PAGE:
A mortgage company attempting to foreclose on one of the largest buildings in downtown Springfield is asking the court to award them the building, and court filings might give clues about the future of the building.
PS Funding Inc., which is in the middle of a foreclosure suit levied against EF Hutton in relation to EF Hutton Tower, asked the Clark County Common Pleas Court to rule in their favor and for the court to allow them to inspect the premises to figure out the best way to sell it.
The foreclosure lawsuit filed in April by Peer Street Funding Inc. alleges Hutn, Inc., who has owned the building since September 2016, owes PS Funding more than $4.6 million on a mortgage the company took out in 2018.
“Defendant Hutn, Inc., formerly known as EF Hutton America, Inc., has defaulted under the terms of the note as well as the security agreement,” the lawsuit states. “There is due to the plaintiff, $4,656,000, plus interest at the rate of 18 percent per year from November 1, 2018….”
EF Hutton Tower is 10-plus stories in the heart of downtown Springfield and commonly known as the former Credit Life Building.
In a response to the foreclosure lawsuit filed against it, EF Hutton admitted that it has defaulted under the terms of its contract with a real estate company and that the company has rightfully accelerated the debt. The answer prompted PS Funding to ask the court for judgment.
“Defendant states in its answer that it is not disputing the debt and that it is thus liable to plaintiff …” the motion says. “Defendant raises no defense to the plaintiff’s complaint and only gives more weight to the plaintiff’s allegations of default under the payments of the loan. Defendant continues to have an obligation under the promissory note to plaintiff”
In another filing by PS Funding, it asked the court for an inspection of the property.
“Plaintiff reached out to defendant Hutn Inc. through counsel in late July regarding a mutually convenient time for an appraisal/inspection with a … review to be conducted of the subject premises,” the motion says. “Unfortunately, Defendant Hutn, Inc. has been unable or unwilling to arrange such an appraisal/inspection which would assist plaintiff in the decision as to how best sell said premises.”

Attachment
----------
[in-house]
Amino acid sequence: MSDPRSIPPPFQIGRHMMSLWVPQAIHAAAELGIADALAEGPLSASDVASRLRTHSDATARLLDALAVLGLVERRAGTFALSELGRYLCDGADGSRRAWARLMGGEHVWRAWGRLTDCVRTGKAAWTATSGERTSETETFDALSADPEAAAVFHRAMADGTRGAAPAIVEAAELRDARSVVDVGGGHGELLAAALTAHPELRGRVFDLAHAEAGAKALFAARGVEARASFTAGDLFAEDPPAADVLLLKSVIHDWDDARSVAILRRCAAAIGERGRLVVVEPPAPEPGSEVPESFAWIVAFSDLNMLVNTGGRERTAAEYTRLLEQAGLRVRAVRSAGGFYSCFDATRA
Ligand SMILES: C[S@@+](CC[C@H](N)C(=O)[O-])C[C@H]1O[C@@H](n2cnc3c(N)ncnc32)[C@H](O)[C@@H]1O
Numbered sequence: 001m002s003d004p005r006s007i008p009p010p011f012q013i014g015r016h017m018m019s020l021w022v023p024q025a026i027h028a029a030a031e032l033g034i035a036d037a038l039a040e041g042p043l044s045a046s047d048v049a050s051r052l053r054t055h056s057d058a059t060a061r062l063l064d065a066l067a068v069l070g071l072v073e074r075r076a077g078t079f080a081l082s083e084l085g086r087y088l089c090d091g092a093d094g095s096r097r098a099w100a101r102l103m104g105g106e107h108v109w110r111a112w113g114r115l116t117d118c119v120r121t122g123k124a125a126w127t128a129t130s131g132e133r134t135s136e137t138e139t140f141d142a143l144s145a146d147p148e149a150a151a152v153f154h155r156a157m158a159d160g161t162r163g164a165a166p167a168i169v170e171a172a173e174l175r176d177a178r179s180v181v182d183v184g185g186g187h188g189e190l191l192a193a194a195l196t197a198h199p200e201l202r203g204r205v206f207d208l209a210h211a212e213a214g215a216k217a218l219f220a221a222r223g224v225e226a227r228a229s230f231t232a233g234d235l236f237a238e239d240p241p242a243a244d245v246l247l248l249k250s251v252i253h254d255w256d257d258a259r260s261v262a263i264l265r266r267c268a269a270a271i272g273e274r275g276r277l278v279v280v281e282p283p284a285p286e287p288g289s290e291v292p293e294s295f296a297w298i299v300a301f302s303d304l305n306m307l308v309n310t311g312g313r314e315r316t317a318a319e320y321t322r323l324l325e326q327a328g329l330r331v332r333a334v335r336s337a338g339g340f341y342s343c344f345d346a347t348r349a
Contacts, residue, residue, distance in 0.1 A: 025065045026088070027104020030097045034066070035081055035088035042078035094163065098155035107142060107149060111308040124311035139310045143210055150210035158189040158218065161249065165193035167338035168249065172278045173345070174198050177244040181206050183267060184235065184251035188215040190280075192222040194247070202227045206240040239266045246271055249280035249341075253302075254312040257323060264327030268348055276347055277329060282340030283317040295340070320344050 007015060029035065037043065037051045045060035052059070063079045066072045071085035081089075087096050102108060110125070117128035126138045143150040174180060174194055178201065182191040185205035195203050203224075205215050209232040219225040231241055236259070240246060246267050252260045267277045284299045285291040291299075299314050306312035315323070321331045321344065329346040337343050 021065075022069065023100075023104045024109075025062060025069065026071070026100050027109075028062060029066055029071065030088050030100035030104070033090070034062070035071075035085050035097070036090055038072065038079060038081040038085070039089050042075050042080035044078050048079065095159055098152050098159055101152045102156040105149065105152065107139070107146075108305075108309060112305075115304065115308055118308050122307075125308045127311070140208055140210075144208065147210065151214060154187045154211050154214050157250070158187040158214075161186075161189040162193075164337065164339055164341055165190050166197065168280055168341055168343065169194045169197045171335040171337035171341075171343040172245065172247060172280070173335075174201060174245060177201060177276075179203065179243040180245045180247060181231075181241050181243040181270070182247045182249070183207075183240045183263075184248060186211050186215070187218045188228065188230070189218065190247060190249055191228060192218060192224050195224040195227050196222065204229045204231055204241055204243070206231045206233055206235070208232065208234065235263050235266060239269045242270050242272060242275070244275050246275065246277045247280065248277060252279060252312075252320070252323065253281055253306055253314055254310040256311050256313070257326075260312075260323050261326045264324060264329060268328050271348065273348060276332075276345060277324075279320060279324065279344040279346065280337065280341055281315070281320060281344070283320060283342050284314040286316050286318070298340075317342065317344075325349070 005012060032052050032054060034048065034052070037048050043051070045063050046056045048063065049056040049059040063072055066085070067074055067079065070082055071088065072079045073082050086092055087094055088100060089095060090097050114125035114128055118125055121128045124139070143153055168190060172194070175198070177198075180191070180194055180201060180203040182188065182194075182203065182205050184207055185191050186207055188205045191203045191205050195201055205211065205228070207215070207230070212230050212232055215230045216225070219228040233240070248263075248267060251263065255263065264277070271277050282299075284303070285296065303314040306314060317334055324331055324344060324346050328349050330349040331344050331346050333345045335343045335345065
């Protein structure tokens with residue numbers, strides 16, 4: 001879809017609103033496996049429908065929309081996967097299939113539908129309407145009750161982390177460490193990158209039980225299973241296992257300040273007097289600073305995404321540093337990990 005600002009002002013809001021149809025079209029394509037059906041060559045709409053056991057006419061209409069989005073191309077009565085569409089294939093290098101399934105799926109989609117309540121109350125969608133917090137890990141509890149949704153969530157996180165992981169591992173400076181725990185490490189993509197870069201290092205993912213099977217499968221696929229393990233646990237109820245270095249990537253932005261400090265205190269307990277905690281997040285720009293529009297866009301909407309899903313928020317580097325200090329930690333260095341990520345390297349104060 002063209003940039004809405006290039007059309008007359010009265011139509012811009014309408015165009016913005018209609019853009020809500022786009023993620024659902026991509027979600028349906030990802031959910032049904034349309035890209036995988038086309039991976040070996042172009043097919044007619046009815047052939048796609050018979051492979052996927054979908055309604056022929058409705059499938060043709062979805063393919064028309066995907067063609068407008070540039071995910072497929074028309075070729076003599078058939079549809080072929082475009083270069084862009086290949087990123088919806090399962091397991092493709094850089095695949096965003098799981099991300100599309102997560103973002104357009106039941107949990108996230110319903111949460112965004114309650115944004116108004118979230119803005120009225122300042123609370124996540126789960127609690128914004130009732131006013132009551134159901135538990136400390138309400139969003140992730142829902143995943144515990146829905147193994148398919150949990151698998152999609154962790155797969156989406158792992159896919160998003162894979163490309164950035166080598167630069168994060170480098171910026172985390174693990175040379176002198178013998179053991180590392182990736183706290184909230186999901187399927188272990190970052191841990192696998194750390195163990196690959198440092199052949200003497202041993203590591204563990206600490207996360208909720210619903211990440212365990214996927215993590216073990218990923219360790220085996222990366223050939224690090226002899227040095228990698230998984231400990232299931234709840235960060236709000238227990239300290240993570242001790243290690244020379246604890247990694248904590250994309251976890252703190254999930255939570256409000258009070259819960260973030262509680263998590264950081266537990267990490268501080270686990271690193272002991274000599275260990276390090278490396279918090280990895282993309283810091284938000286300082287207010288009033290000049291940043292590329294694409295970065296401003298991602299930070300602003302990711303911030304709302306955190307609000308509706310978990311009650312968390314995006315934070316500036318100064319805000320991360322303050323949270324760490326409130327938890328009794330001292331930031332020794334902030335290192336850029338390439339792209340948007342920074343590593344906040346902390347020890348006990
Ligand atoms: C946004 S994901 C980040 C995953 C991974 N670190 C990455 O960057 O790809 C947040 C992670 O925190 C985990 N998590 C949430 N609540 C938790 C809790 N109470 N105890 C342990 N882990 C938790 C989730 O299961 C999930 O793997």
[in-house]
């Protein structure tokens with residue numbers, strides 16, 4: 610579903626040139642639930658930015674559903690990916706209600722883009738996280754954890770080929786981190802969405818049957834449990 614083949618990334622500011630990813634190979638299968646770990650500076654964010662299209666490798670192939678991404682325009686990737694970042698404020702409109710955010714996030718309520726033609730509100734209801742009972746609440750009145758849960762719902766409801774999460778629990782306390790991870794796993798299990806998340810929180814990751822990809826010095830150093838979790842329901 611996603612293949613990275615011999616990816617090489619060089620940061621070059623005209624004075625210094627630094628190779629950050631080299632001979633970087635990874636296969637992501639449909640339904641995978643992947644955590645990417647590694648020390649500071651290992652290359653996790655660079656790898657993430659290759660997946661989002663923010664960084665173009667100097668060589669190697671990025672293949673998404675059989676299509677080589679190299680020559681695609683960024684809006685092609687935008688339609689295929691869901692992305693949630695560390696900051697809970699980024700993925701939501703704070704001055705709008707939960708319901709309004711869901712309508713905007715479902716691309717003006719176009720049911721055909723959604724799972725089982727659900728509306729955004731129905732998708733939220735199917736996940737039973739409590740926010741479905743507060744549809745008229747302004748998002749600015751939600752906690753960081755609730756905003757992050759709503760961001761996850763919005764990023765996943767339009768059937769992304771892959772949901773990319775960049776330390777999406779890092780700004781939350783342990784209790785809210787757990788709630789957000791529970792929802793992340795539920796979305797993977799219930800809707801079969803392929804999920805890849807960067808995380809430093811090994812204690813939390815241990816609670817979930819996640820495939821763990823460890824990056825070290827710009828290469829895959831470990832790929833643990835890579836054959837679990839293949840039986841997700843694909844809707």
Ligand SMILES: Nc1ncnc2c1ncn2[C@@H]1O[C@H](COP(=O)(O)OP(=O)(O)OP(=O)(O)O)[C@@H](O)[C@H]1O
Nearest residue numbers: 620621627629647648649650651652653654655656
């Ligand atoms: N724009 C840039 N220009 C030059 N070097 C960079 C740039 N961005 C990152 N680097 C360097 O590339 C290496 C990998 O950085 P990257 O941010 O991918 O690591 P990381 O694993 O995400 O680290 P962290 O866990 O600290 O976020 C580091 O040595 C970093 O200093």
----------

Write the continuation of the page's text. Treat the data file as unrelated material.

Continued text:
The Springfield News-Sun reached out to both attorneys for EF Hutton and PS Funding but didn’t hear back from them.
Hutn, Inc. purchased and moved into the building in late 2016. The move came with the promise of more than 400 new jobs and many city and business leaders believed the company would help rejuvenate downtown. However, the company failed to get its footing in a number of industries including trading stocks, social media and cryptocurrency.
The financial company also owes SpringForward around $7.5 million on an unsecured note. The two sides said they have been negotiating to settle the debt.
SpringForward received the building for free by way of a donation from Jim Lagos and his wife, Nike, and sold the building to EF Hutton with an agreement that EF Hutton would pay them back over a period of years. EF Hutton suspended operations in April.
Thank you for reading the Springfield News-Sun and for supporting local journalism. Subscribers: log in for access to your daily ePaper and premium newsletters.
Thank you for supporting in-depth local journalism with your subscription to the Springfield News-Sun. Get more news when you want it with email newsletters just for subscribers. Sign up here.